Hyperadrenocorticism (Cushing's Syndrome) in Dogs - Page 7

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Hyperadrenocorticism (Cushing's Syndrome) in Dogs

By: Dr. Douglas Brum

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Optimal treatment for your dog requires a combination of home and professional veterinary care. Follow up can be crucial, especially if your dog does not improve. Administer as directed all medications prescribed by your veterinarian. Alert your veterinarian promptly if you are experiencing problems treating your dog.

Monitor for any recurrence of clinical signs, especially increased thirst, increased urination and increased appetite. If your dog suddenly deteriorates, especially during treatment with mitotane, contact your veterinarian immediately. He or she may prescribe prednisone to be given in the event of an emergency.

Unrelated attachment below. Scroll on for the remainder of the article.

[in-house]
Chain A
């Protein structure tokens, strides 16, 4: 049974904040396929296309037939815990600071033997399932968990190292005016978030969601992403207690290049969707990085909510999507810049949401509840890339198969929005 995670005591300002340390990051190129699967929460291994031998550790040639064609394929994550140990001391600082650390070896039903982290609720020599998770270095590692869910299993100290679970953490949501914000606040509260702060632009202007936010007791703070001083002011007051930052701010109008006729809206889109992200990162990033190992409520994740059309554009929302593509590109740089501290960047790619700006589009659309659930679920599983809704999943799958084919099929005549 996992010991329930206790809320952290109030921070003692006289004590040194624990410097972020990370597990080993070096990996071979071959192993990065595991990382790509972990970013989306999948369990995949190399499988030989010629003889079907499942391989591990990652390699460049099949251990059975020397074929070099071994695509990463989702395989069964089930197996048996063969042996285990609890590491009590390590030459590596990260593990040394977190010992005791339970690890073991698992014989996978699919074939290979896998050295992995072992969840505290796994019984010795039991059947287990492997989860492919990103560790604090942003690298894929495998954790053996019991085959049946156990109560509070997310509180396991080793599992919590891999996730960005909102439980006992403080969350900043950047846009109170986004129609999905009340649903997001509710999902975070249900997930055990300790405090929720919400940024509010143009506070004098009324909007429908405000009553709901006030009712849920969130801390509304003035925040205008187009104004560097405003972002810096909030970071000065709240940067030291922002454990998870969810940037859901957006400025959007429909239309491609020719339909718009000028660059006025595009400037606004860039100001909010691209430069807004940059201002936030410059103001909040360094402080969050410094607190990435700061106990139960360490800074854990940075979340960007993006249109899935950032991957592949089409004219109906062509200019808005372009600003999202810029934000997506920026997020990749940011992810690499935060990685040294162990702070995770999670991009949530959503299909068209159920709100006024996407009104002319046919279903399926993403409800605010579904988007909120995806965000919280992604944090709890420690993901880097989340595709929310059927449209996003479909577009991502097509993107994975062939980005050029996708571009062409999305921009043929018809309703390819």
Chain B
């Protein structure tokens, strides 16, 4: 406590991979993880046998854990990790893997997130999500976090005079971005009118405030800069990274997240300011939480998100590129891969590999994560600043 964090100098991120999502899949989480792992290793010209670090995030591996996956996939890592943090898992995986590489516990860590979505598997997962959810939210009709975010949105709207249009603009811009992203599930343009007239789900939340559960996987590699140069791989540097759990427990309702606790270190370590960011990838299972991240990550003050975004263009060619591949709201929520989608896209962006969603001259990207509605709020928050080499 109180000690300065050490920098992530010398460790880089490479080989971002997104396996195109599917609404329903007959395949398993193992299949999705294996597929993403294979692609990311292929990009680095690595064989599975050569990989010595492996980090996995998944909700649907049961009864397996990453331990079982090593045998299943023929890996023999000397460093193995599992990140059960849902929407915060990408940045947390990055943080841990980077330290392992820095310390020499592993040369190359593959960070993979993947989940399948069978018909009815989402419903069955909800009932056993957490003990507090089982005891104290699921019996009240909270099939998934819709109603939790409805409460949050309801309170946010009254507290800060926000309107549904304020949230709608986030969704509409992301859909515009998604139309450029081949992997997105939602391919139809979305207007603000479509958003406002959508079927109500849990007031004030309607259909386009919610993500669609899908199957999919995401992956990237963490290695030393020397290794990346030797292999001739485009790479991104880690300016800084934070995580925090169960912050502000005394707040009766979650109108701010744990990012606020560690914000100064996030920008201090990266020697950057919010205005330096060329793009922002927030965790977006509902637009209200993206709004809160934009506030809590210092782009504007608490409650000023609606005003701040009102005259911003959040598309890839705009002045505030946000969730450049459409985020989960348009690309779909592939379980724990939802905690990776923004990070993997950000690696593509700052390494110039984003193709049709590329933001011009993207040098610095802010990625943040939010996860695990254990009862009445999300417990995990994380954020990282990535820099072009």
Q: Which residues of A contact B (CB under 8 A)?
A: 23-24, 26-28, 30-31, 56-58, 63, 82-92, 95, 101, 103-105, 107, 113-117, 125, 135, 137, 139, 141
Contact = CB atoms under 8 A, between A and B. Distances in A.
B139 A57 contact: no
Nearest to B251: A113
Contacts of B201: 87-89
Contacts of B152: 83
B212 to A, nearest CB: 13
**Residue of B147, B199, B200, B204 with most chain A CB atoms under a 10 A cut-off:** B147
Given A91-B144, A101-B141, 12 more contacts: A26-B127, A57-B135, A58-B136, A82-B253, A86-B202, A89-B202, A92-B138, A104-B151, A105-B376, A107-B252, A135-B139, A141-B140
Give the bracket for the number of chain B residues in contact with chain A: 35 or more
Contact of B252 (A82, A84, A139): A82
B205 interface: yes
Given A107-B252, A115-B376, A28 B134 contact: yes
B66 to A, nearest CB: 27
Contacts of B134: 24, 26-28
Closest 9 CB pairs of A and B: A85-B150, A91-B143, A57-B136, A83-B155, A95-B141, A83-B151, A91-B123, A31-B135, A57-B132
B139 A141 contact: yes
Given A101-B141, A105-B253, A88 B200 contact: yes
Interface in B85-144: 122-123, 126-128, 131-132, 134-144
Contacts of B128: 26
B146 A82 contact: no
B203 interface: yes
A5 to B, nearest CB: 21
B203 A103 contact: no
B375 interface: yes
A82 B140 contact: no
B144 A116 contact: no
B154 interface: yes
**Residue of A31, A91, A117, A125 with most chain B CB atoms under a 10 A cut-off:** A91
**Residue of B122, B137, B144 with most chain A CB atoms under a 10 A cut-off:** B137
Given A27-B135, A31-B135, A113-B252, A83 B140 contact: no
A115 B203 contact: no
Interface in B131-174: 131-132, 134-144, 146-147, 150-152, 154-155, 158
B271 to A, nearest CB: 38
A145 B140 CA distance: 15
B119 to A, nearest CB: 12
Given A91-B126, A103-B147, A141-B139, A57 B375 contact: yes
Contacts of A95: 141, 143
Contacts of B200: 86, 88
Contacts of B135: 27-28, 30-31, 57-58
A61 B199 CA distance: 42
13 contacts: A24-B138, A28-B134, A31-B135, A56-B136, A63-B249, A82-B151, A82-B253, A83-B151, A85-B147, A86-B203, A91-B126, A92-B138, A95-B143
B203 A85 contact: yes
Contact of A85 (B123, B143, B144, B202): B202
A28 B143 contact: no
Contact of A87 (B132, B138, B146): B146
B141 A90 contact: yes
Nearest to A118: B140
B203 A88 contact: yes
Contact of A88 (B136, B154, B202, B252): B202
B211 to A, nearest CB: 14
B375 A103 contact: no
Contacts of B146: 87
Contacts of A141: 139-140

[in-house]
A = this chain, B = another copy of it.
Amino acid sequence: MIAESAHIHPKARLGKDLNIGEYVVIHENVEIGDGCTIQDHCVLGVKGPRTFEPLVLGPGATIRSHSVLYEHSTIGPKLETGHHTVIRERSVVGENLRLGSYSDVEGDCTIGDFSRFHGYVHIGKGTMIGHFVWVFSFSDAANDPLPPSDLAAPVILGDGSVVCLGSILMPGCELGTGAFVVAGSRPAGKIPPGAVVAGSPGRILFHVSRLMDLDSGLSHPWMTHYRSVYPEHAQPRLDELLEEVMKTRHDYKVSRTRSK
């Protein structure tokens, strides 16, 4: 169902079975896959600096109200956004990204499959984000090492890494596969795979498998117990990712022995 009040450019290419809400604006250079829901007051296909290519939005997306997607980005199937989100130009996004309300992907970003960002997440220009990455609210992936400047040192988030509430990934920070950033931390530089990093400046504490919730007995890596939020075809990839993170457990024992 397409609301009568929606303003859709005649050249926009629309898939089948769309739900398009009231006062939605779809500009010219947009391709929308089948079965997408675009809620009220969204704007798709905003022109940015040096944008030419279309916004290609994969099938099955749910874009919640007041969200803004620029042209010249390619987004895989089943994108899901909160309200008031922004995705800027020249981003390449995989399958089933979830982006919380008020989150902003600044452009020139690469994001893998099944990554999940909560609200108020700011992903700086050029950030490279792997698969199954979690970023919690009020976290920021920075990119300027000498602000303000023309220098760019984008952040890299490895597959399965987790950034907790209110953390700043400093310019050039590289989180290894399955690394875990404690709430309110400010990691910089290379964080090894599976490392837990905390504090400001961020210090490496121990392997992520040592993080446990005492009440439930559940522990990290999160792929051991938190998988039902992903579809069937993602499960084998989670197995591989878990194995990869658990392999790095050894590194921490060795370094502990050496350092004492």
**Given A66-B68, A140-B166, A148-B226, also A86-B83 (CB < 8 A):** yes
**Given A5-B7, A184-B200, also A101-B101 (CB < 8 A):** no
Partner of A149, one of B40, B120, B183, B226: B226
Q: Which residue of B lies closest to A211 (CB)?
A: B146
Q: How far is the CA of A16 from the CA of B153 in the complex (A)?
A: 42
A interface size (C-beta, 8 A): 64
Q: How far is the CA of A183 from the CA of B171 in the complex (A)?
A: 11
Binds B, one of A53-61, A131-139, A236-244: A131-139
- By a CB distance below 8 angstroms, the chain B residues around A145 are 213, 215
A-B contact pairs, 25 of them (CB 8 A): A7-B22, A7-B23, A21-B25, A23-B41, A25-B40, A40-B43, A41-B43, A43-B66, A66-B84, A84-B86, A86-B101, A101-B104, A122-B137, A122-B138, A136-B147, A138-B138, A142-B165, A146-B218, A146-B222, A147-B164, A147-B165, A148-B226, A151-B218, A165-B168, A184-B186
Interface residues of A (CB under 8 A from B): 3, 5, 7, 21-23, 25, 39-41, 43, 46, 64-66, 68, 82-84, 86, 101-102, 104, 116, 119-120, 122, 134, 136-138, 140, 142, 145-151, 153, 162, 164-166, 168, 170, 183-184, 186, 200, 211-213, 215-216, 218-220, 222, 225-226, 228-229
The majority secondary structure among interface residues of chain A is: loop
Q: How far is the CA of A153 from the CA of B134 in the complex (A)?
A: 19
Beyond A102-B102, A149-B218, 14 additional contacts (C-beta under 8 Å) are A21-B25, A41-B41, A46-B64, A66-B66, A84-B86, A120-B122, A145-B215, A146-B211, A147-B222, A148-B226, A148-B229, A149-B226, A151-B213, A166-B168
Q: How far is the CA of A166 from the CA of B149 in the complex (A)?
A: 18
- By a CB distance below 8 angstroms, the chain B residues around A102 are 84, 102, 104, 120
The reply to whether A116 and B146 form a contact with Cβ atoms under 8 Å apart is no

Routine blood testing (especially ACTH stimulation tests) will be needed at least twice a year.

Dogs on mitotane therapy generally require progressively higher maintenance dosages of the drug over time due to increasing blood cortisol concentrations.

Follow-up after surgical removal of an adrenal tumor includes monitoring the dog for recurrence by means of abdominal ultrasound examination.

Optimal care for the dog with Cushing's syndrome requires a good understanding of the disease and its symptoms, a significant financial and time commitment by the owner, and excellent communication between the veterinarian and the owner.

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